AS we promised from the outset, the Yes DIY Hub pages in The National are about spreading news of local initiatives by groups supporting independence and encouraging best practice in the run up to the second indy referendum.

Today the National is revealing a remarkable new project by Dumfries and Gallow ay Pensioners for Independence (DGPI) and we have no hesitation in asking the whole Yes movement to support it right across the nation.

At 11pm on March 29, the Article 50 withdrawal triggered two years ago by Prime Minister Theresa May will take effect and despite 62% of Scottish voters choosing to Remain, against 38% voting Leave, Scotland will be out of the EU. According to DGPI, independence supporters and all those of whichever party or none who believe in democracy should mount a protest the following day, Saturday, March 30, which will be our first day outside the EU.

The “death of Scottish democracy”, says DGPI, should be marked by the wearing of a white Scottish rose, Scotland’s other national flower and the symbol of Bonnie Prince Charlie among others, the flower being immortalised in a brief but powerful poem by Hugh MacDiarmid.

Ian Richmond of DGPI told The National: “As things stand, March 29 will see Scotland dragged out of the EU against its wishes. To many this marks the end of any pretence of Scottish democracy. It would be an opportunity missed not to mark this day in some way.

“We in Dumfries and Galloway intend to hold our own small commemorations, but we hope to gain maximum national effect with nationwide publicity.

“The idea is for a simple and adaptable commemoration borrowing on the symbolism of the white rose of Prince Charlie and the funereal wreath. To make it as simple as possible lets call it White Flower of Scotland Day so that we are not limited to roses but still with that background imagery.

“People could wear a white flower in their lapel, even a plastic one or a badge; people could leave a single white flower or a wreath of white roses in prominent localities around the country. I personally am planning to throw a wreath of white roses into the River Sark at Gretna.”

Other ideas include the printing of leaflets or cards emblazoned with MacDiarmid’s poem and a message about the protest.

A florist told The National that, given sufficient notice, most professional florists could work up a white rose wreath or lapel corsage or brooch-type attachment such as a boutonniere. It could also be worn as a cockade on a bonnet, as Jacobites did in the 18th century.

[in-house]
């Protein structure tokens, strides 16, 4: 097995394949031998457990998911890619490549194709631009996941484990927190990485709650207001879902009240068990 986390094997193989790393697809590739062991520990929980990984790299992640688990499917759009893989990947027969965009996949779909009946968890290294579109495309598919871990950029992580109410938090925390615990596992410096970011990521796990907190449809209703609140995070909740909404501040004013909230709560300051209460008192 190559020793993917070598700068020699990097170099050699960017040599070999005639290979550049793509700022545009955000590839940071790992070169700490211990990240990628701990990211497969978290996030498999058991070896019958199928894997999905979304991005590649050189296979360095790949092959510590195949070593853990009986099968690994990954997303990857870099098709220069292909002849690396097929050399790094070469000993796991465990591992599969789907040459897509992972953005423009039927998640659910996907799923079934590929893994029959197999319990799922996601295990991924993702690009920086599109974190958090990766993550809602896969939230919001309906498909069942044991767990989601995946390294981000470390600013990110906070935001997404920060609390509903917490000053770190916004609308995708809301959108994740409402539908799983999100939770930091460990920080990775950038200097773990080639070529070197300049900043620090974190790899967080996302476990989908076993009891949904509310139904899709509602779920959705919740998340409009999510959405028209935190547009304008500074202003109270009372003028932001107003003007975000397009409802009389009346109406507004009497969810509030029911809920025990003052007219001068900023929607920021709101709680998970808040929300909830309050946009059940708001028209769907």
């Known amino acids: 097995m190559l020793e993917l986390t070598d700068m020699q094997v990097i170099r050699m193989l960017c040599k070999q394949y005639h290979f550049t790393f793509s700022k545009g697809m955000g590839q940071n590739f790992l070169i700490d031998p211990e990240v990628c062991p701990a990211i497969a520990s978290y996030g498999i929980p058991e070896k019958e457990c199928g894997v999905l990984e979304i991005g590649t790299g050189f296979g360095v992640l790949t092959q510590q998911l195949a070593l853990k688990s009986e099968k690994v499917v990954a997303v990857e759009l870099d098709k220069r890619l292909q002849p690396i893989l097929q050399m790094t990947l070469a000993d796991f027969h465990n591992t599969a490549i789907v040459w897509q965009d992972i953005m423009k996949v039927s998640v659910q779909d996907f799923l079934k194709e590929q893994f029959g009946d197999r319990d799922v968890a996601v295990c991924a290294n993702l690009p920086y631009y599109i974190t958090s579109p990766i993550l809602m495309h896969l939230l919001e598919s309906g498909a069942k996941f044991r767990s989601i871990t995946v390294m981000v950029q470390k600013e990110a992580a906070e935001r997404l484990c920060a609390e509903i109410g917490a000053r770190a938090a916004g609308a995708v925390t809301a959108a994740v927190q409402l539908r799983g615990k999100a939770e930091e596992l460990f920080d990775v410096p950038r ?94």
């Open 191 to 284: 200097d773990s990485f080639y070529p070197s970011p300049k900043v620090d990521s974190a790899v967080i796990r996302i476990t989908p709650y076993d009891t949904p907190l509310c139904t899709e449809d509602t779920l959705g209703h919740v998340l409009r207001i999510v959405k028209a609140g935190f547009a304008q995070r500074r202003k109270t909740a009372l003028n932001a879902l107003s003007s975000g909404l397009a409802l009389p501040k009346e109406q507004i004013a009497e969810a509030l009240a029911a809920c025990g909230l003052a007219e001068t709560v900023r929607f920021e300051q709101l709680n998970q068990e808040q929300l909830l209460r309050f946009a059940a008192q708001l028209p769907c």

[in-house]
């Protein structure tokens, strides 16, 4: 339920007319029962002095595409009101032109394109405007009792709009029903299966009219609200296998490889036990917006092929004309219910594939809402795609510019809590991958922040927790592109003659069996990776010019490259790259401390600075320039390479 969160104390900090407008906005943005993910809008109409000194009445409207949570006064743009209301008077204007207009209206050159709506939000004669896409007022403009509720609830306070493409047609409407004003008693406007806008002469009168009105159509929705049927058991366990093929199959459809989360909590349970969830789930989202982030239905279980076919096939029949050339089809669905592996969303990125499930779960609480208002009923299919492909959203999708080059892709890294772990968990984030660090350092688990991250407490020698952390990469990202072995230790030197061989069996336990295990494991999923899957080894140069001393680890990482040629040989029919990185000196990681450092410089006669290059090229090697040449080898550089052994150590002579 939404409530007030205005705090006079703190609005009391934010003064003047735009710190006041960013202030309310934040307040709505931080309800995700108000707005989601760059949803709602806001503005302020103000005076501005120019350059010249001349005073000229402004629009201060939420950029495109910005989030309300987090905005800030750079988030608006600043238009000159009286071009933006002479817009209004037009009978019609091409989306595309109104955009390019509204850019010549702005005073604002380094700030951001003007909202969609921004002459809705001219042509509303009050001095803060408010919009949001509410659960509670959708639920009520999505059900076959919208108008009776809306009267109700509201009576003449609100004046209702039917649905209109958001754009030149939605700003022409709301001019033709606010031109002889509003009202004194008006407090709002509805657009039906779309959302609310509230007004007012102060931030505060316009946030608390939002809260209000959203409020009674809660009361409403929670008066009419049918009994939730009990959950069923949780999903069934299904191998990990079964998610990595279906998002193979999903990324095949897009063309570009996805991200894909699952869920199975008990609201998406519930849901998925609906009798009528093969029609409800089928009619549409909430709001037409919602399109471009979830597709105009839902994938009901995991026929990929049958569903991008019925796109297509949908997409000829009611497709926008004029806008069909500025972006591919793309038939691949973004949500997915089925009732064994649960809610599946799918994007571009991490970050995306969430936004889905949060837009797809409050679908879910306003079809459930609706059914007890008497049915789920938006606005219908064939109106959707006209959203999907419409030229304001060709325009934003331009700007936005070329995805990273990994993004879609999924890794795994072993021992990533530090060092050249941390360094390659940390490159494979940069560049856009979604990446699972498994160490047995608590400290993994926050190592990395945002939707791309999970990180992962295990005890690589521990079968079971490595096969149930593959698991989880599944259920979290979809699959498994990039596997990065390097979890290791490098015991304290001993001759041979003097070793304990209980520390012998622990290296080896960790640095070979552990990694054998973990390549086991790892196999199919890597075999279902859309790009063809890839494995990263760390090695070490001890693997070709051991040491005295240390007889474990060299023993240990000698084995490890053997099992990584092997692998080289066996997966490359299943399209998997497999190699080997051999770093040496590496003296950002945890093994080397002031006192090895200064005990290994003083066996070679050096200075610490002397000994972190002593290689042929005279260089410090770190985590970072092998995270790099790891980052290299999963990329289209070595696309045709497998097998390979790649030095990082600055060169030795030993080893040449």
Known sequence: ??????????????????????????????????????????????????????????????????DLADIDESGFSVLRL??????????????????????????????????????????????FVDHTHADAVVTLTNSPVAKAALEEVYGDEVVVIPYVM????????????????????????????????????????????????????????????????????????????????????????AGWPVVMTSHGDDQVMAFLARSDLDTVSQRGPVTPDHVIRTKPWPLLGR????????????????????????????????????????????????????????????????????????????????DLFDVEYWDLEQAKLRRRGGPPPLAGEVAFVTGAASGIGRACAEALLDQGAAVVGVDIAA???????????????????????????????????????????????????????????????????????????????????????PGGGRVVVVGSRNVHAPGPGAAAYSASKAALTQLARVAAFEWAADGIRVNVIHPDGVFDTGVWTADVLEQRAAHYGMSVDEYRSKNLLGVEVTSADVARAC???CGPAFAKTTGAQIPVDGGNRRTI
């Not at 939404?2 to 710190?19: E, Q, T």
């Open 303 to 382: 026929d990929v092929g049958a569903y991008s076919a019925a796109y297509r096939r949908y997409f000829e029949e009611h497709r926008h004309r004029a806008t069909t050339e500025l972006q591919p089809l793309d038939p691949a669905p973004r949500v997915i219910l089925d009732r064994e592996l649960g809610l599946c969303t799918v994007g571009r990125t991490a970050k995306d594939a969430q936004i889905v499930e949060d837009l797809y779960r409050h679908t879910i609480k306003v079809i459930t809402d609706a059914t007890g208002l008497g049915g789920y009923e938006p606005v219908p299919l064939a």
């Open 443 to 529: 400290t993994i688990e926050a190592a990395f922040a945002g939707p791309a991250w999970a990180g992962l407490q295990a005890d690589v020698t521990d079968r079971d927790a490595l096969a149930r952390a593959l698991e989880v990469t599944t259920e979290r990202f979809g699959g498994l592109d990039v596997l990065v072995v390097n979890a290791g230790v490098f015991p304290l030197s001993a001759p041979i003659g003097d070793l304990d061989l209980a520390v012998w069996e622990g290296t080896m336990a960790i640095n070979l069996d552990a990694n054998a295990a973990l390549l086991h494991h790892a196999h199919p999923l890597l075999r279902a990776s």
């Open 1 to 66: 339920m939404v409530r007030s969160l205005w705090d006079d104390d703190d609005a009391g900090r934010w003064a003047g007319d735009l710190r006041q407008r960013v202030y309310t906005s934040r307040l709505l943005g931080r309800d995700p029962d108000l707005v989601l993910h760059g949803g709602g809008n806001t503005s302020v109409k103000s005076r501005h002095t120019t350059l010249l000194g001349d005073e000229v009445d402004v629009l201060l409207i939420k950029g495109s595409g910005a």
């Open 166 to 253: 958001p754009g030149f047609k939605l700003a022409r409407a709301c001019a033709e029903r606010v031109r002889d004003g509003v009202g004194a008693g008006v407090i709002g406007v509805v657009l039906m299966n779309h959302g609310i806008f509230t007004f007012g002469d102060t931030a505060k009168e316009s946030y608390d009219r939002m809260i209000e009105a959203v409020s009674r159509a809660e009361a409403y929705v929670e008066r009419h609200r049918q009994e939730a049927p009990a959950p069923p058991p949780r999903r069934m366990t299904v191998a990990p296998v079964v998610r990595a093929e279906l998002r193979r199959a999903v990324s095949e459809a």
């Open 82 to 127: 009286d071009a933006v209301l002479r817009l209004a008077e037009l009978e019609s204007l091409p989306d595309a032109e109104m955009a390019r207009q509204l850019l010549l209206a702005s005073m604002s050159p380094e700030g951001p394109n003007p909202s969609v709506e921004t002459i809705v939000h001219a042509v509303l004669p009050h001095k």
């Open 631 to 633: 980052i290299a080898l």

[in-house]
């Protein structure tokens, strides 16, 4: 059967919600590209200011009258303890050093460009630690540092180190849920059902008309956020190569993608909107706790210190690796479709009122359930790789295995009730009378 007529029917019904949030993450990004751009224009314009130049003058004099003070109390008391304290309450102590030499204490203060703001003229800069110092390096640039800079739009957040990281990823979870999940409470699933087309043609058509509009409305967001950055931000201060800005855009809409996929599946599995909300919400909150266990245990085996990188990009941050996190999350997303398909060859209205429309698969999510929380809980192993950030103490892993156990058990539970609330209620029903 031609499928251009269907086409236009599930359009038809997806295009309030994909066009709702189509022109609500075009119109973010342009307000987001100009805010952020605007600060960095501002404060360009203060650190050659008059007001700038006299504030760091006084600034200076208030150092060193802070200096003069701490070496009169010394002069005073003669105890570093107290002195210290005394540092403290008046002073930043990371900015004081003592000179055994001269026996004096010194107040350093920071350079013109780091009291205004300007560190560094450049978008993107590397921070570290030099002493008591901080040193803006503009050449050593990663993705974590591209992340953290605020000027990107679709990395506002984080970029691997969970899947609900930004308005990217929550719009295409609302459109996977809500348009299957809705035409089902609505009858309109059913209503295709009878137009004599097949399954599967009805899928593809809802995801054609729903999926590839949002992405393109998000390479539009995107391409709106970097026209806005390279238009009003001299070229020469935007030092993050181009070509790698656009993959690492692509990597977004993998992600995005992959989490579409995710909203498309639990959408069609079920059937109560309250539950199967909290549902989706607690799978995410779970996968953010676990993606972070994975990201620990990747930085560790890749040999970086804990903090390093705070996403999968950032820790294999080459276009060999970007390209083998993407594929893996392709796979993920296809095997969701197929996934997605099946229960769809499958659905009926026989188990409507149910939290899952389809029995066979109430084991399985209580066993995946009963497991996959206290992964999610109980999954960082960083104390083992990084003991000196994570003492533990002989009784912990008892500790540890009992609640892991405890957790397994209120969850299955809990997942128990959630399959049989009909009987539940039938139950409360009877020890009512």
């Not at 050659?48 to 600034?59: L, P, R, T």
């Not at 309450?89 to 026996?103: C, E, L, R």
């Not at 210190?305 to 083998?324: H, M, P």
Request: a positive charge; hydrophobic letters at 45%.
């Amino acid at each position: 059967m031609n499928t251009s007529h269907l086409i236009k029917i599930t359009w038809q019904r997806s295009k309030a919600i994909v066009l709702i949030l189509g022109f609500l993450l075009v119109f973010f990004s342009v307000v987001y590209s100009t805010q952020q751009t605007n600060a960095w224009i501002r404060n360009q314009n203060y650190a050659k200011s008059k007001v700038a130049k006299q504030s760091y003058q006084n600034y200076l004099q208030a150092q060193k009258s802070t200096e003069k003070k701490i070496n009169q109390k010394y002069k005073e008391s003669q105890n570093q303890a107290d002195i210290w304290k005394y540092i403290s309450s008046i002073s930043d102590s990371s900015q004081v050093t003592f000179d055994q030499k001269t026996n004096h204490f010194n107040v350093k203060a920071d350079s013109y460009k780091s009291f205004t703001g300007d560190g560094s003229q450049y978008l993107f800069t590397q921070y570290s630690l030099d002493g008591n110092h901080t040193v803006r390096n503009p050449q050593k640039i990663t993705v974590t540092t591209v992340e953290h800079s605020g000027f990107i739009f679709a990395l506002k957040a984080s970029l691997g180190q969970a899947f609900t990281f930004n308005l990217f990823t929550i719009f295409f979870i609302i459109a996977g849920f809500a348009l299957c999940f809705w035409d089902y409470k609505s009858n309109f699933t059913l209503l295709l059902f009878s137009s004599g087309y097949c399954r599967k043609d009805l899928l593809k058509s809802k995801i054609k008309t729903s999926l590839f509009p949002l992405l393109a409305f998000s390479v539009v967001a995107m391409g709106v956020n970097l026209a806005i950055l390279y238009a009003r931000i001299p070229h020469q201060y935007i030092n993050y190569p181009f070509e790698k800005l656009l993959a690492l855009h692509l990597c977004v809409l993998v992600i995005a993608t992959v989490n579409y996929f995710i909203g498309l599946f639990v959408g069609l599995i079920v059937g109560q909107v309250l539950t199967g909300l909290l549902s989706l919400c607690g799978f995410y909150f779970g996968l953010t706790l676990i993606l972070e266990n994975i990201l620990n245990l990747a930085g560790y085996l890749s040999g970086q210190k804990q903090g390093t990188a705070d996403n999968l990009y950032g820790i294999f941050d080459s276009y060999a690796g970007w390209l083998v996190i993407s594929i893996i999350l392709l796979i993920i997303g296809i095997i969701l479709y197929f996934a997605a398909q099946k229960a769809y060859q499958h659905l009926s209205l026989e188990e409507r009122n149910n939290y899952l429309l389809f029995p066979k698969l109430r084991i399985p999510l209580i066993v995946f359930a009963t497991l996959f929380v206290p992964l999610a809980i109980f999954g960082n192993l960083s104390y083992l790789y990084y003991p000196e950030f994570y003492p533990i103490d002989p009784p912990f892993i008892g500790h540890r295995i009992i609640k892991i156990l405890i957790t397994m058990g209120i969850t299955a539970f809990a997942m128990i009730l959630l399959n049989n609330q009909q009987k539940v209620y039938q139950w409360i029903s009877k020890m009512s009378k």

Wearing such a flower strikes the right note of poignancy given it is the day of our democratic “death” but the white rose is also a symbol of positivity and DGPI and The National hope the whole Yes movement and true Scottish democrats of every shade can support this symbolic protest on March 30.

Even if Brexit is postponed, the White Flower Day should still go ahead on March 30 as a hugely symbolic protest to show that Scotland is still massively opposed to leaving the EU.

As Richmond said: “We at Dumfries and Galloway Pensioners for Independence want to do this because it is about our Scottish democracy being ignored, first and foremost, and that is something surely people of all shades of opinion can agree on.”


by Hamish MacPherson

THE little white rose of Scotland was indeed a Jacobite symbol, worn either on lapels or as a white cockade on headgear. Legend has it that Bonnie Prince Charlie picked a white rose and put it on his hat on his way from Glenfinnan at the start of the Jacobite Rising of 1745.

As First Minister Alex Salmond made clear back then, however, it was MacDiarmid’s poem about the little white rose which inspired the 69 SNP members of the Scottish Parliament to wear white roses at the swearing-in ceremony at Holyrood in 2011. The gesture was repeated when the 56 SNP MPs elected in 2015 wore them when they arrived in the House of Commons.

MacDiarmid’s words: “The rose of all the world is not for me/ I want for my part/Only the little white rose of Scotland/That smells sharp and sweet – and breaks the heart.”